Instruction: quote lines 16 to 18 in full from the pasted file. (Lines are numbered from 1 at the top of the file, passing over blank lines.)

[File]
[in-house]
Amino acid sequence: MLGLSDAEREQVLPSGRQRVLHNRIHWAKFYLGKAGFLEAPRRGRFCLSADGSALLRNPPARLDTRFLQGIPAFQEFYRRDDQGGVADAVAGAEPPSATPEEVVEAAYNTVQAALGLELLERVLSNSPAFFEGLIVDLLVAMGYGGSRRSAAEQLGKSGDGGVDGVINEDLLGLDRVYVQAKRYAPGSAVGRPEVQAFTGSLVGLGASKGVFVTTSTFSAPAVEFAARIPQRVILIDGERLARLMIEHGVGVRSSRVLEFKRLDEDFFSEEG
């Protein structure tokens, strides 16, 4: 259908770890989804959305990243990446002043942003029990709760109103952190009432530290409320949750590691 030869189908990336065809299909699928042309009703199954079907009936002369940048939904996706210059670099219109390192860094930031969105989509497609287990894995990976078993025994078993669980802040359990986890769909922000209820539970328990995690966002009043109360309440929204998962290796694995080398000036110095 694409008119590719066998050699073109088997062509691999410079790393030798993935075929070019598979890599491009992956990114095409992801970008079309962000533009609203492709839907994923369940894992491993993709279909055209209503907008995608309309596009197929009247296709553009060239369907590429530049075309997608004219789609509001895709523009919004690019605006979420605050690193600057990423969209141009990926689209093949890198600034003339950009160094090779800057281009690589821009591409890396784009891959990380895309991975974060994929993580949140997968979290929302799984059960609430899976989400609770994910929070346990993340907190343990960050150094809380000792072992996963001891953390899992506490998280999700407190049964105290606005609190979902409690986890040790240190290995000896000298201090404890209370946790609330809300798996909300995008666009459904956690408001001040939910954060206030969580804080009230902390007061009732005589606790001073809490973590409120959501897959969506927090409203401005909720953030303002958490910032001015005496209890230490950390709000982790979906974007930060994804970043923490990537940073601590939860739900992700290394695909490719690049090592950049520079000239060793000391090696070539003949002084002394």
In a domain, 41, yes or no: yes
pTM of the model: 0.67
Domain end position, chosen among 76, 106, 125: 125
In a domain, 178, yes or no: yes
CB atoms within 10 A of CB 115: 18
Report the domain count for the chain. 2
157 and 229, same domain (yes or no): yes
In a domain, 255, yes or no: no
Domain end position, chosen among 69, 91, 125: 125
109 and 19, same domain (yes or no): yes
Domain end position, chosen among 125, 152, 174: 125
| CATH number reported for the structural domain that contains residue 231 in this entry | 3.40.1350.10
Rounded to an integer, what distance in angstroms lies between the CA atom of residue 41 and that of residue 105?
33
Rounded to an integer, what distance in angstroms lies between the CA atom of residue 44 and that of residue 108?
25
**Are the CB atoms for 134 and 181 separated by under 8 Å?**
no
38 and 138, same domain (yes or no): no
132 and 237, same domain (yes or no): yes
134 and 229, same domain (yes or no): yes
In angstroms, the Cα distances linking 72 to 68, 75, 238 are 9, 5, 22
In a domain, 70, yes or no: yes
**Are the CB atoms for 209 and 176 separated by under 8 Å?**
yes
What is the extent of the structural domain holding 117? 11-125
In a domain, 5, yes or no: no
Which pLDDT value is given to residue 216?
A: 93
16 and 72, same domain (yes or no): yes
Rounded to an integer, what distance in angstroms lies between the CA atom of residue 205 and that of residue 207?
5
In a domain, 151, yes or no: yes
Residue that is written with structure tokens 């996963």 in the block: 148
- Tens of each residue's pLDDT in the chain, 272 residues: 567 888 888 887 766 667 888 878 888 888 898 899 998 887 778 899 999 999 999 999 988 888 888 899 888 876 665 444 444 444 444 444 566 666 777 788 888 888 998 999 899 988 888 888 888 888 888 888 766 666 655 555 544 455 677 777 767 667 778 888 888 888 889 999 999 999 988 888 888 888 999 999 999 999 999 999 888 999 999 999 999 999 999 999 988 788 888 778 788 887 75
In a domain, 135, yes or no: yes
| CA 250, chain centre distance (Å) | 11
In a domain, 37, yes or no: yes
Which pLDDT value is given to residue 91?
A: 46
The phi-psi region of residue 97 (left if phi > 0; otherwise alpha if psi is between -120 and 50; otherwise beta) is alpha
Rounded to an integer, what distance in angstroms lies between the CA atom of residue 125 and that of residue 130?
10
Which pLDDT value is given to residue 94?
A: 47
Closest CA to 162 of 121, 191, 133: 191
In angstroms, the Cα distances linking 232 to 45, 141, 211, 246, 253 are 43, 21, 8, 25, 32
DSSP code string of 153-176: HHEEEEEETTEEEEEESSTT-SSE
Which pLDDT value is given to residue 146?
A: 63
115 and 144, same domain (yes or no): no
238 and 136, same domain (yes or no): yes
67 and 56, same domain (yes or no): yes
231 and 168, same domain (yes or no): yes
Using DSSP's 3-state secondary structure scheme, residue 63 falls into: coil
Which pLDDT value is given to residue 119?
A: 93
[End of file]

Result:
Rounded to an integer, what distance in angstroms lies between the CA atom of residue 41 and that of residue 105?
33
Rounded to an integer, what distance in angstroms lies between the CA atom of residue 44 and that of residue 108?